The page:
Make a splash with our pool energy saving tips
In winter, 25 to 35 per cent of an uninsulated home's warmth is lost through the roof. In summer, an uninsulated home will not be protected from the outside heat and living in Australia, when a heatwave hits, your house can quickly turn into a sauna!.
Insulation can be installed in all parts of your home:
- under the roofing material
- in the ceiling between the joists
- under verandah roofs in hot climates
- in bulkheads
- on the inside or outside of solid walls, within stud frames or brick cavities
- on the underside of suspended floors, or use insulation board under floor coverings where the subfloor is not accessible
- on the sides or the undersides of concrete slabs on the ground in cool climates
The size, position, glazing and frame composition of windows all influence how much heat or cold they gain or lose for your house.
Windows should seal well, the frame should conduct as little heat as possible, and the glazing should resist heat transfer. Thick curtains or blinds will also improve insulation.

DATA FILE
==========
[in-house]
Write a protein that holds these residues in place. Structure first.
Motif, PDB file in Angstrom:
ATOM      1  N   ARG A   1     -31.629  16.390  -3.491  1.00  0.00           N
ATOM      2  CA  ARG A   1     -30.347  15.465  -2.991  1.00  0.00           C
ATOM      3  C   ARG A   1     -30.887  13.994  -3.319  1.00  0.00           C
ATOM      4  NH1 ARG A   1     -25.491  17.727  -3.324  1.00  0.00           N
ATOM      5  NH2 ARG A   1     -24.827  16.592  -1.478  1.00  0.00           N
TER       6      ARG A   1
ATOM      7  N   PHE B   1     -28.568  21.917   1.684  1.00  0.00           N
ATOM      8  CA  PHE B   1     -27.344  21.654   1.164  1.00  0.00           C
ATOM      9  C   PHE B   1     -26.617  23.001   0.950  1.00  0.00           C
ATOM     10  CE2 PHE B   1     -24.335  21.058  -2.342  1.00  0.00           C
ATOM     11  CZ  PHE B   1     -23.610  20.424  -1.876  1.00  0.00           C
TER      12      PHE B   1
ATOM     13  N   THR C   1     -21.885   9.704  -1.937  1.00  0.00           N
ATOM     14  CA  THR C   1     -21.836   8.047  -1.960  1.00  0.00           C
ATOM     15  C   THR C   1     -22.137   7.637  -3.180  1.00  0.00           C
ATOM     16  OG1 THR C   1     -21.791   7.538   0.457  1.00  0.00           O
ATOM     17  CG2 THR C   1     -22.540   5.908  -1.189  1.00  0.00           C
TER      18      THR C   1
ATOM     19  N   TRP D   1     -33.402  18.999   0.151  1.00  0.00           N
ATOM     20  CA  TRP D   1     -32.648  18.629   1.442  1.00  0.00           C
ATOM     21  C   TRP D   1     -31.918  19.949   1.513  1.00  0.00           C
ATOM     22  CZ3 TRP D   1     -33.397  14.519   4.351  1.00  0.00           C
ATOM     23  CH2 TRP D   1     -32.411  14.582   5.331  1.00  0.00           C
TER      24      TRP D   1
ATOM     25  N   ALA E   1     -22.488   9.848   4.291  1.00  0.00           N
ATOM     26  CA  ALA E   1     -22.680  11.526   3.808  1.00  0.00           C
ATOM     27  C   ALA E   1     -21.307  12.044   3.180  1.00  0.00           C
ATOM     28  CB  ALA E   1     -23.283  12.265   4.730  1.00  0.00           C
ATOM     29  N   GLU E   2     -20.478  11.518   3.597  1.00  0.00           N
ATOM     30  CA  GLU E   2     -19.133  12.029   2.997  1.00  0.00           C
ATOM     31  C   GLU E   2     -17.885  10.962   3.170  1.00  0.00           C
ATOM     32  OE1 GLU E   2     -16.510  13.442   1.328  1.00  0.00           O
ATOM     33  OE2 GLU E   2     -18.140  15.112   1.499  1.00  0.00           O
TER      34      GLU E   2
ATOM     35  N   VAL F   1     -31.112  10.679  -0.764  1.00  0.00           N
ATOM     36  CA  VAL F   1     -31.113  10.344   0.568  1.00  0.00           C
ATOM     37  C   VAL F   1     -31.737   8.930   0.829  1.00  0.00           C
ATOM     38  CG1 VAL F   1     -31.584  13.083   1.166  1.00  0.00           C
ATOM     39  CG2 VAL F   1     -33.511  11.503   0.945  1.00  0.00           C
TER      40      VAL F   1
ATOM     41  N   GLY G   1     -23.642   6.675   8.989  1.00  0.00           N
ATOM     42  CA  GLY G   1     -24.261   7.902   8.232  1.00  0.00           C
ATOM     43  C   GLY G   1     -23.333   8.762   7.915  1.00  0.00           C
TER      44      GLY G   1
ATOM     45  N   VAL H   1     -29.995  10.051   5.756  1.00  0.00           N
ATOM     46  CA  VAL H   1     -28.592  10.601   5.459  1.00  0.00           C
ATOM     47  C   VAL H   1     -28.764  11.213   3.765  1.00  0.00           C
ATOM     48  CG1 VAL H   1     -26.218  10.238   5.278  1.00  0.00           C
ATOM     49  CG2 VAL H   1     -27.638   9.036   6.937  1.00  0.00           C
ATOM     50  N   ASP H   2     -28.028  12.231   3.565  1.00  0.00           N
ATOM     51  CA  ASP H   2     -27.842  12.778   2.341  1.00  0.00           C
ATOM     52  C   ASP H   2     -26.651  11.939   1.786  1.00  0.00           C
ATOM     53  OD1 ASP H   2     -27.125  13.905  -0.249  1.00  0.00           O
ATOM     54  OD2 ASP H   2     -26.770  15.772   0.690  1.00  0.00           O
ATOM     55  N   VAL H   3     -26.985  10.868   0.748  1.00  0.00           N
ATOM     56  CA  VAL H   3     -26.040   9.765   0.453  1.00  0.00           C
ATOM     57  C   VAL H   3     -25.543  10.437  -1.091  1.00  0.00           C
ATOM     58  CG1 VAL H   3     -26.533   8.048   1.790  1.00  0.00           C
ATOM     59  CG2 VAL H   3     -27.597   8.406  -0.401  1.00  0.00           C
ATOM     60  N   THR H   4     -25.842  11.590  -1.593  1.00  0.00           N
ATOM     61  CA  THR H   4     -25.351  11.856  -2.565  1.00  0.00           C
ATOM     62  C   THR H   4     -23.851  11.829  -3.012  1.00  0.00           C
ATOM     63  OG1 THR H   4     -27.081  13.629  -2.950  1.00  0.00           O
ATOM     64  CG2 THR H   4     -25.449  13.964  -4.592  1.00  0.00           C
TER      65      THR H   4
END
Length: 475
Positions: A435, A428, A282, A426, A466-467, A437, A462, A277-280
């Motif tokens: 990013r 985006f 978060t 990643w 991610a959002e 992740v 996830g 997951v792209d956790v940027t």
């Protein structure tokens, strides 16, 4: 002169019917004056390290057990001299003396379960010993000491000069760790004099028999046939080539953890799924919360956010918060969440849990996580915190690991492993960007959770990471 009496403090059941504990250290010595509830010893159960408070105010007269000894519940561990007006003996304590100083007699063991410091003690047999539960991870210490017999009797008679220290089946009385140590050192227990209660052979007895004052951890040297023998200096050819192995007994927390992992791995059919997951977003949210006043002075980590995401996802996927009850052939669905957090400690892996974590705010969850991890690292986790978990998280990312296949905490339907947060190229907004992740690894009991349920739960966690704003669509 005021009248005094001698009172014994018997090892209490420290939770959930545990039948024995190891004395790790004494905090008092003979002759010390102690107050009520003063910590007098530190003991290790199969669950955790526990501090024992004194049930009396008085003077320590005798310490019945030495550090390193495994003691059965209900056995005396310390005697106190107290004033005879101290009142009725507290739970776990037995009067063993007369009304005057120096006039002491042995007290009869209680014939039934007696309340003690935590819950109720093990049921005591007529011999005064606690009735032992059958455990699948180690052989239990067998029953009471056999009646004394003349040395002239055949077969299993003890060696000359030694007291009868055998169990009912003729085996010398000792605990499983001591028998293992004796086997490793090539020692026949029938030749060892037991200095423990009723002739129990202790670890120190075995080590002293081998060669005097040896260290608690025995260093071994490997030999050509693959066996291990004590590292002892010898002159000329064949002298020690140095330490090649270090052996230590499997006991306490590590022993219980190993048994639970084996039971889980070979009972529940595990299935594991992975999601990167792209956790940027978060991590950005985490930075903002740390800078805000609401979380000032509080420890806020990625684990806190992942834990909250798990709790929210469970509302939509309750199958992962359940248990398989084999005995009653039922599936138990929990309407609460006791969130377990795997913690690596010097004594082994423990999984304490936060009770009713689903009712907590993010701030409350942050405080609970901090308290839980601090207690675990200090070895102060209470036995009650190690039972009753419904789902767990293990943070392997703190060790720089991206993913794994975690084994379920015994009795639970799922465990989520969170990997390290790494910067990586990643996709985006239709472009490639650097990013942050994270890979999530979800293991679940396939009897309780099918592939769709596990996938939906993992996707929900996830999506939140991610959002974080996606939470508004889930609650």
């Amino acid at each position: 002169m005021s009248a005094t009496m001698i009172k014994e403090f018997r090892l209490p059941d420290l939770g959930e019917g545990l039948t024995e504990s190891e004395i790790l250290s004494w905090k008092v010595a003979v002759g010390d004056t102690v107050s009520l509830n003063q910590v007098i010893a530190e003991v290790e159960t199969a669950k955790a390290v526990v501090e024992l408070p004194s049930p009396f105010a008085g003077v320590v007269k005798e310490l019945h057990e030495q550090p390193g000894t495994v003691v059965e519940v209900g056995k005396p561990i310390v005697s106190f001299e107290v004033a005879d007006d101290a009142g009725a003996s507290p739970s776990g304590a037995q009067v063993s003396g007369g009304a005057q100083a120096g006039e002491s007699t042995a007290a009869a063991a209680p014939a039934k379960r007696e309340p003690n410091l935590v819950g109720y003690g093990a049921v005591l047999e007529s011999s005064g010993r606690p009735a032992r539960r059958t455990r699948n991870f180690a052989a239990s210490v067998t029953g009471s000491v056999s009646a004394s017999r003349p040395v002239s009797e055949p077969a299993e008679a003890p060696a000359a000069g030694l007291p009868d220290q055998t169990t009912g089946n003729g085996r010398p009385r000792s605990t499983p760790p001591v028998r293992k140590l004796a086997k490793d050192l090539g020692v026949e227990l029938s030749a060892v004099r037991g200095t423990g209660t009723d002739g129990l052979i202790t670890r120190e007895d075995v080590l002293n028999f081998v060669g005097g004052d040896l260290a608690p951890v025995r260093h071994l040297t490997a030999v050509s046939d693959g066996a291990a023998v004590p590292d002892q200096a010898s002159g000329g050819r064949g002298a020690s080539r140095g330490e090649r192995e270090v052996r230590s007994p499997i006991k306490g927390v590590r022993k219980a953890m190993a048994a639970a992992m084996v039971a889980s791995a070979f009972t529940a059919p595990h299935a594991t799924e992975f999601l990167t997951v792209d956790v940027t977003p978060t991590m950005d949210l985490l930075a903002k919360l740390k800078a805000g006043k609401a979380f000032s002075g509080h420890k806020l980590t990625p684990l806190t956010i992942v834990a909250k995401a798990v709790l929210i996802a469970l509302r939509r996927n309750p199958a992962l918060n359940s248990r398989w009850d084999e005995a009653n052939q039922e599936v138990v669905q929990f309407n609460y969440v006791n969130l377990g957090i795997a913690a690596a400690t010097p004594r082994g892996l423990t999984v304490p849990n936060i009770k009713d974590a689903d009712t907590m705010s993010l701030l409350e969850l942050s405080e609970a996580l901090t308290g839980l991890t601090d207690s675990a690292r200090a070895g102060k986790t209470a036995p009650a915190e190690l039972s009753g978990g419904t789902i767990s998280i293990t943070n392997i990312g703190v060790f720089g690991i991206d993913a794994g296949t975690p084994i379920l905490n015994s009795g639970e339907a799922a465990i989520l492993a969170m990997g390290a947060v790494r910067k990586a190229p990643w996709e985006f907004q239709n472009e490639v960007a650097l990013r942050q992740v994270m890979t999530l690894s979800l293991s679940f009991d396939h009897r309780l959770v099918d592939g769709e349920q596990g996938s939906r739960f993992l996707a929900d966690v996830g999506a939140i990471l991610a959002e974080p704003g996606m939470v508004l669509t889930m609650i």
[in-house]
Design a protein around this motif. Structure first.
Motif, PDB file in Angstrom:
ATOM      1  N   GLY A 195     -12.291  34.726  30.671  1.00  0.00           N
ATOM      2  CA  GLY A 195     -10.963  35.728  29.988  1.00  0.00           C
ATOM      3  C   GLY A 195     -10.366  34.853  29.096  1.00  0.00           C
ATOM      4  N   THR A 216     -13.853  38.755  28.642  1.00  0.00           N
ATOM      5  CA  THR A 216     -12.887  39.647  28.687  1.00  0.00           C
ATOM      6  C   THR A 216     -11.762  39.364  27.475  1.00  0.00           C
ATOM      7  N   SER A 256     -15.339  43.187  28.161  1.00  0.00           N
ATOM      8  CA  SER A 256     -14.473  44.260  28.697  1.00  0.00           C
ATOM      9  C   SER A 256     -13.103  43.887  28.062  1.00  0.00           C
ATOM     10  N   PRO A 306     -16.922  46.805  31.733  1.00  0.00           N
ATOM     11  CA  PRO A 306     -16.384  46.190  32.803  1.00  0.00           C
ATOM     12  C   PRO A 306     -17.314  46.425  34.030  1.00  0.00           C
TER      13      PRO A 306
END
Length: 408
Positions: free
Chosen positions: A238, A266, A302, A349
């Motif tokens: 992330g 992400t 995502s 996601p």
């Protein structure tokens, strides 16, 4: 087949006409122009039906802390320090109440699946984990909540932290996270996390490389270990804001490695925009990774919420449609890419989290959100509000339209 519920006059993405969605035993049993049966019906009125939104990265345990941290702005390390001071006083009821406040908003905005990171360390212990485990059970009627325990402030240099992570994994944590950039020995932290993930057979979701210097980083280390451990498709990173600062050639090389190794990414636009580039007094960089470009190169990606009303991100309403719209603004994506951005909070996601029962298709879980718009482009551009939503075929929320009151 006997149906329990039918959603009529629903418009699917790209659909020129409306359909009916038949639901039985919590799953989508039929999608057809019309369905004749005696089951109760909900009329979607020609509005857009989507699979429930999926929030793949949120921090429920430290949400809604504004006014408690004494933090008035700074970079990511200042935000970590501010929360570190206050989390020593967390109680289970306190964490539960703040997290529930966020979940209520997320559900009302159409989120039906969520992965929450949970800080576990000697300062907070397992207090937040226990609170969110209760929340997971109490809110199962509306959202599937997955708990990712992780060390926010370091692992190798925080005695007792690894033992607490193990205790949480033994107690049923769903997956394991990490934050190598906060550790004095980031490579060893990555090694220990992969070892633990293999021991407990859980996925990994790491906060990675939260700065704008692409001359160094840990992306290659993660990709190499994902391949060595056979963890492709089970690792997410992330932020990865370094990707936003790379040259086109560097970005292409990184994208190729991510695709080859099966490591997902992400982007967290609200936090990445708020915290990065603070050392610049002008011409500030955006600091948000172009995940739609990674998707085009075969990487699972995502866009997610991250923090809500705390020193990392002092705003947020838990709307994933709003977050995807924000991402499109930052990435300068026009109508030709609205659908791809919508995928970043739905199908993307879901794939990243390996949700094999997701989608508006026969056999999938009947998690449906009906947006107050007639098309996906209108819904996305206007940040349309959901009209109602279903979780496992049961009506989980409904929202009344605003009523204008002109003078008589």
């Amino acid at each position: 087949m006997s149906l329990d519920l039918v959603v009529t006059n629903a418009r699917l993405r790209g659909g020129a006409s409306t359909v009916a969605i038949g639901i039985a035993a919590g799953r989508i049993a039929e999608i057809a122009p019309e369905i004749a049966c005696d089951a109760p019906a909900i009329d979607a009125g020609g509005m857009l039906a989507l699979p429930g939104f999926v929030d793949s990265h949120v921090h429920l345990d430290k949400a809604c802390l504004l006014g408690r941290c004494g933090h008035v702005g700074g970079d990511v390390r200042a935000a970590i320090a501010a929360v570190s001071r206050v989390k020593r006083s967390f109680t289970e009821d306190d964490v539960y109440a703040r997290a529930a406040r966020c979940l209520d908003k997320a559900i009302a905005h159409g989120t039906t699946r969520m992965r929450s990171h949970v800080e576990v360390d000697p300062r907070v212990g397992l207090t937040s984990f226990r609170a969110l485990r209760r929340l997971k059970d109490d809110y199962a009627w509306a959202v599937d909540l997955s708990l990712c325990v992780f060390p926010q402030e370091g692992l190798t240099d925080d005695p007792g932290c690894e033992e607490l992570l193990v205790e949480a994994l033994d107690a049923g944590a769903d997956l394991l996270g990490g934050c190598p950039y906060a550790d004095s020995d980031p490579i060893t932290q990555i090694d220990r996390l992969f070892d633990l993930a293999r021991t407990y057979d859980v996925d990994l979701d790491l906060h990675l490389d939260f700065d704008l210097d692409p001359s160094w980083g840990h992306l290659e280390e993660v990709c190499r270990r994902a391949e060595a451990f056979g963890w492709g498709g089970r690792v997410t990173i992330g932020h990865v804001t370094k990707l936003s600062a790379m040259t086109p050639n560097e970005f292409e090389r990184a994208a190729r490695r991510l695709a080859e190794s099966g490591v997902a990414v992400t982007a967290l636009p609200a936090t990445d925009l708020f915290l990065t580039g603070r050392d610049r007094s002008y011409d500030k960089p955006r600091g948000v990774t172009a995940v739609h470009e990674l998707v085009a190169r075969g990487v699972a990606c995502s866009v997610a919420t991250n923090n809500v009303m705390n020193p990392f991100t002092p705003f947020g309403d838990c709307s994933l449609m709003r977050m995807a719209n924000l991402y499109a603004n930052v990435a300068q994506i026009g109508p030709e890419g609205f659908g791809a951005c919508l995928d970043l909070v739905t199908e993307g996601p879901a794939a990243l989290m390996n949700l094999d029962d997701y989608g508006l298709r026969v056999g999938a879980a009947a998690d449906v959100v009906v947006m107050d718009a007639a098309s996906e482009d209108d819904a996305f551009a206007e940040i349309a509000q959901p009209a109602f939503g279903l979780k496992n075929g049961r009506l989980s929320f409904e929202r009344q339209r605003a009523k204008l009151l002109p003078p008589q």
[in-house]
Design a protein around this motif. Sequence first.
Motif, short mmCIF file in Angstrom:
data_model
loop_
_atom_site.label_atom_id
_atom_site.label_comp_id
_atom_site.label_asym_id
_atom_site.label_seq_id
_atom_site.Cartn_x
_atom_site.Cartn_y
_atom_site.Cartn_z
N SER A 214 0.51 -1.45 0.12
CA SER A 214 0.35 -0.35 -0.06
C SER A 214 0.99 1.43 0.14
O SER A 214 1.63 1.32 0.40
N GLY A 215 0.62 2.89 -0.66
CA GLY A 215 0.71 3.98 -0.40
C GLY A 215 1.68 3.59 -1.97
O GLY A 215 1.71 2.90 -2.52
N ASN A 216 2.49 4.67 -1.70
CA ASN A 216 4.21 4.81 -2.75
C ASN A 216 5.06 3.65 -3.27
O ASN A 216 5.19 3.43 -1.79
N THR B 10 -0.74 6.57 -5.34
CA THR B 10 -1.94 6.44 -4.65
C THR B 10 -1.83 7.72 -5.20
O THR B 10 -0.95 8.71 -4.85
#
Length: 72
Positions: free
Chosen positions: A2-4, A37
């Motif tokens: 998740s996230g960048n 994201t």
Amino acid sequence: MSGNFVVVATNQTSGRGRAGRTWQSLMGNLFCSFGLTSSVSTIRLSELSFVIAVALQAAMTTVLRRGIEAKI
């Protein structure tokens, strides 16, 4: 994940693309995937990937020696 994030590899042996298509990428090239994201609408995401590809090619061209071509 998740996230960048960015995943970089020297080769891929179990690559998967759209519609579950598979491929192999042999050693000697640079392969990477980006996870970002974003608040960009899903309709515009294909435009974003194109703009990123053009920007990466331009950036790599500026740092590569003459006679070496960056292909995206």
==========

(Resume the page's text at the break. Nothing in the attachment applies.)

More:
The design and style (i.e. louvres, outward opening, sliding etc.) should also be chosen to enable passive ventilation pathways, but not obstruct or hinder them.
- Shade windows from the summer sun - look into external shading, such as awnings, roller blinds and one metre deep eaves on north-facing walls provide the most effective barrier against heat.
- Depending on your home and climate, window films can be a cost effective way of reducing solar heat gain, and can be applied to existing glass windows at lower cost than replacing windows.
According to the Victorian government, for every extra star on the labels of appliances and devices, you can save around 25 per cent in running costs. So if you’re going to upgrade your major appliances reach for the stars!
Sometimes high star-rated models cost more but choosing a cheaper appliance with fewer stars can cost you more in the long run.
During a kitchen renovation for example, also think about where to position the appliances. A fridge that is placed near an oven will need to work harder to remain cold and will use more energy.
7. Let there be light
Lighting design is another key factor for improving your home's energy efficiency and creating the right ambience.
Although fluorescent lighting is great, LEDs are the lighting technology of the future. The technology has come a long way over the last decade and will save you hundreds of dollars over (10-20 years) before needing replacement.
LEDs are one of the quickest returns on investment. They can fit most existing light fittings and now come in a range of designs and sizes, and even colours.
Try to avoid downlights, they use a lot of energy and penetrate through your insulation making your house hotter.
So whether you’ve already started your renovation or in the planning stages don’t forget to think about how making a few smart decisions can reduce your electricity costs.